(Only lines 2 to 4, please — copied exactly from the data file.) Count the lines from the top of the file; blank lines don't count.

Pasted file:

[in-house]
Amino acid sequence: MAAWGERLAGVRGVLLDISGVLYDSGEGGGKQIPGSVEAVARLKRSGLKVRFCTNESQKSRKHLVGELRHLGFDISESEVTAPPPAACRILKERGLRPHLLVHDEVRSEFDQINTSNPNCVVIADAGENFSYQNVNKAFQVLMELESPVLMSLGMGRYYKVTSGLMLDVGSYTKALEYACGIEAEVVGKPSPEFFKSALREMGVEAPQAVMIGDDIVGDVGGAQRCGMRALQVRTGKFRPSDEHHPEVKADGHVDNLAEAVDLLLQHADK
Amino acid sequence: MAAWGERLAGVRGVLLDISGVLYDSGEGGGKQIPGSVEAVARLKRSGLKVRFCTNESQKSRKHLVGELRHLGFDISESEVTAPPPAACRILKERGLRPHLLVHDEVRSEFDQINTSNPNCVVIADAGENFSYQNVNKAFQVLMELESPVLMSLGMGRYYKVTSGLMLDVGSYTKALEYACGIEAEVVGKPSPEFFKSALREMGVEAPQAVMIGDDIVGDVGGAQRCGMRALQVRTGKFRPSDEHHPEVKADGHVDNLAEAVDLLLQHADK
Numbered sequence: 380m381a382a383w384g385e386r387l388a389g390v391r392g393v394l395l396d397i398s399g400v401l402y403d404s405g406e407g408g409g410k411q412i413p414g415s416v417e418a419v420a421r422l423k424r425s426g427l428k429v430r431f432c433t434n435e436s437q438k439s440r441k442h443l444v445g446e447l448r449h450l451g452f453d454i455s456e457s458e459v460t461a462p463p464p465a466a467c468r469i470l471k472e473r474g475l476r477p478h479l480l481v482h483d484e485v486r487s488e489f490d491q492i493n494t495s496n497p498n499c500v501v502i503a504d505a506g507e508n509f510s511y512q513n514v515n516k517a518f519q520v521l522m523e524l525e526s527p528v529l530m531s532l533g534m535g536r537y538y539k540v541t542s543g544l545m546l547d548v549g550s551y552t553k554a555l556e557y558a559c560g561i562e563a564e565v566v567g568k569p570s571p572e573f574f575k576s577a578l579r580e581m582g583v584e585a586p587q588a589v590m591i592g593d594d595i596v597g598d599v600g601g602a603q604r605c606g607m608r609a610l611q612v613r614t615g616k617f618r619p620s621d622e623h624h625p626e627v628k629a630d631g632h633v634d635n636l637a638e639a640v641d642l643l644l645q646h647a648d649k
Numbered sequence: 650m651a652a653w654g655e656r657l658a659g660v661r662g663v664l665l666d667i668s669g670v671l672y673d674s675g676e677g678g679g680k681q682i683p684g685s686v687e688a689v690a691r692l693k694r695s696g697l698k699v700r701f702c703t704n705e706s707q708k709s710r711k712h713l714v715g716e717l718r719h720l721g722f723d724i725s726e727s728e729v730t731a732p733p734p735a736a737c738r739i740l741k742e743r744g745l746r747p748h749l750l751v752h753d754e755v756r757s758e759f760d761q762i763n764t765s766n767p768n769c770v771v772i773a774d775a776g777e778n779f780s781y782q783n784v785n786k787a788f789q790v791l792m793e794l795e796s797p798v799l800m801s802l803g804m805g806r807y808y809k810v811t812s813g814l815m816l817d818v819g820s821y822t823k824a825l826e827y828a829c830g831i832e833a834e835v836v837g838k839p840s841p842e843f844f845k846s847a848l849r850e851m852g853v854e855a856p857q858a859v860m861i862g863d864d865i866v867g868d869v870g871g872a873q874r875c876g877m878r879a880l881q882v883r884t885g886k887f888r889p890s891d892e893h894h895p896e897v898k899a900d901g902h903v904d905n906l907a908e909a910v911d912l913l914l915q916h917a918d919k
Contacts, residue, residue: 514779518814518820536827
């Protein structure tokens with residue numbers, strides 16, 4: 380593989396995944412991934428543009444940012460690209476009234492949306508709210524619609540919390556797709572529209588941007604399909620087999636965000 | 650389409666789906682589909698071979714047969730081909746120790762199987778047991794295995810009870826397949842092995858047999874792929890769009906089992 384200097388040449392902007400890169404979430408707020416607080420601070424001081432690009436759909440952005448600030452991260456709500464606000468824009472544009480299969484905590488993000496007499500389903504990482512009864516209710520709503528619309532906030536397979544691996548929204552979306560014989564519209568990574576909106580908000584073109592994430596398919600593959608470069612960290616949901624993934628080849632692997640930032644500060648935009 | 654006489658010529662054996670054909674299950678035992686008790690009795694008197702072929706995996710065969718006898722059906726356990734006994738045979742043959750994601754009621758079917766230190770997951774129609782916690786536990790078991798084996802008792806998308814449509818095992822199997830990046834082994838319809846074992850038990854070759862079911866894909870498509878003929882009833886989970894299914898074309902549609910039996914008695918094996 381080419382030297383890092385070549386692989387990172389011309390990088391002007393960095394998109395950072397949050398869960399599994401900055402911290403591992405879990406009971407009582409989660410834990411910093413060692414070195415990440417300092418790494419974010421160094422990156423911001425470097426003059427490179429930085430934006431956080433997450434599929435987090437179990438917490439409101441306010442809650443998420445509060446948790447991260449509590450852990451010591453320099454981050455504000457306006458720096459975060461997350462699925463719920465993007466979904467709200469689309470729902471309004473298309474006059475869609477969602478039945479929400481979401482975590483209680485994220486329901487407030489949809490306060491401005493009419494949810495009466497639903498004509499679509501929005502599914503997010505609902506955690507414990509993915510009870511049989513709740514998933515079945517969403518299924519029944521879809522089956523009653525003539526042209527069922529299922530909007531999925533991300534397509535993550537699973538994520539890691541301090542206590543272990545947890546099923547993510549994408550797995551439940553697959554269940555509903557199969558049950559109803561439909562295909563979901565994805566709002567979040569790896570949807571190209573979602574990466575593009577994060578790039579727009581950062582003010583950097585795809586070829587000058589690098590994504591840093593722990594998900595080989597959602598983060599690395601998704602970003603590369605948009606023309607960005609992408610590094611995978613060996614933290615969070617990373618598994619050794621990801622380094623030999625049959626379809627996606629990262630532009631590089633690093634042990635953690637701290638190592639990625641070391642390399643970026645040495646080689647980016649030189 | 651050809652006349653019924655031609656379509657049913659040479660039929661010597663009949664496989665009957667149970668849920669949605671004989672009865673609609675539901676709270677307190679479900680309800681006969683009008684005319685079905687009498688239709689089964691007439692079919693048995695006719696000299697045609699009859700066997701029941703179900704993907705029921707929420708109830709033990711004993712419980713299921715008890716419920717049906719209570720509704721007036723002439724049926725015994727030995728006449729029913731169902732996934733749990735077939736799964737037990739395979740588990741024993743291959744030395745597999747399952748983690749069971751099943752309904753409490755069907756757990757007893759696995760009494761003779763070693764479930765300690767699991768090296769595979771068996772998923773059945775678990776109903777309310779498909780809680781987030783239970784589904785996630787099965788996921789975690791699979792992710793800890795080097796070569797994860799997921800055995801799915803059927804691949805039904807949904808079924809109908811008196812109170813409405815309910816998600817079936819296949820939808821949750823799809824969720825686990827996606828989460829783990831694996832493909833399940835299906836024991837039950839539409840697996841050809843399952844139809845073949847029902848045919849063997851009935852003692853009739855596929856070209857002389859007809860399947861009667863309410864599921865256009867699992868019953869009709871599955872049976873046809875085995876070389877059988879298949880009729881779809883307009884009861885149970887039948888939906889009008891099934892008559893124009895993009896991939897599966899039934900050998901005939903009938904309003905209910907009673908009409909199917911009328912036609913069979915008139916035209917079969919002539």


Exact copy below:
Amino acid sequence: MAAWGERLAGVRGVLLDISGVLYDSGEGGGKQIPGSVEAVARLKRSGLKVRFCTNESQKSRKHLVGELRHLGFDISESEVTAPPPAACRILKERGLRPHLLVHDEVRSEFDQINTSNPNCVVIADAGENFSYQNVNKAFQVLMELESPVLMSLGMGRYYKVTSGLMLDVGSYTKALEYACGIEAEVVGKPSPEFFKSALREMGVEAPQAVMIGDDIVGDVGGAQRCGMRALQVRTGKFRPSDEHHPEVKADGHVDNLAEAVDLLLQHADK
Amino acid sequence: MAAWGERLAGVRGVLLDISGVLYDSGEGGGKQIPGSVEAVARLKRSGLKVRFCTNESQKSRKHLVGELRHLGFDISESEVTAPPPAACRILKERGLRPHLLVHDEVRSEFDQINTSNPNCVVIADAGENFSYQNVNKAFQVLMELESPVLMSLGMGRYYKVTSGLMLDVGSYTKALEYACGIEAEVVGKPSPEFFKSALREMGVEAPQAVMIGDDIVGDVGGAQRCGMRALQVRTGKFRPSDEHHPEVKADGHVDNLAEAVDLLLQHADK
Numbered sequence: 380m381a382a383w384g385e386r387l388a389g390v391r392g393v394l395l396d397i398s399g400v401l402y403d404s405g406e407g408g409g410k411q412i413p414g415s416v417e418a419v420a421r422l423k424r425s426g427l428k429v430r431f432c433t434n435e436s437q438k439s440r441k442h443l444v445g446e447l448r449h450l451g452f453d454i455s456e457s458e459v460t461a462p463p464p465a466a467c468r469i470l471k472e473r474g475l476r477p478h479l480l481v482h483d484e485v486r487s488e489f490d491q492i493n494t495s496n497p498n499c500v501v502i503a504d505a506g507e508n509f510s511y512q513n514v515n516k517a518f519q520v521l522m523e524l525e526s527p528v529l530m531s532l533g534m535g536r537y538y539k540v541t542s543g544l545m546l547d548v549g550s551y552t553k554a555l556e557y558a559c560g561i562e563a564e565v566v567g568k569p570s571p572e573f574f575k576s577a578l579r580e581m582g583v584e585a586p587q588a589v590m591i592g593d594d595i596v597g598d599v600g601g602a603q604r605c606g607m608r609a610l611q612v613r614t615g616k617f618r619p620s621d622e623h624h625p626e627v628k629a630d631g632h633v634d635n636l637a638e639a640v641d642l643l644l645q646h647a648d649k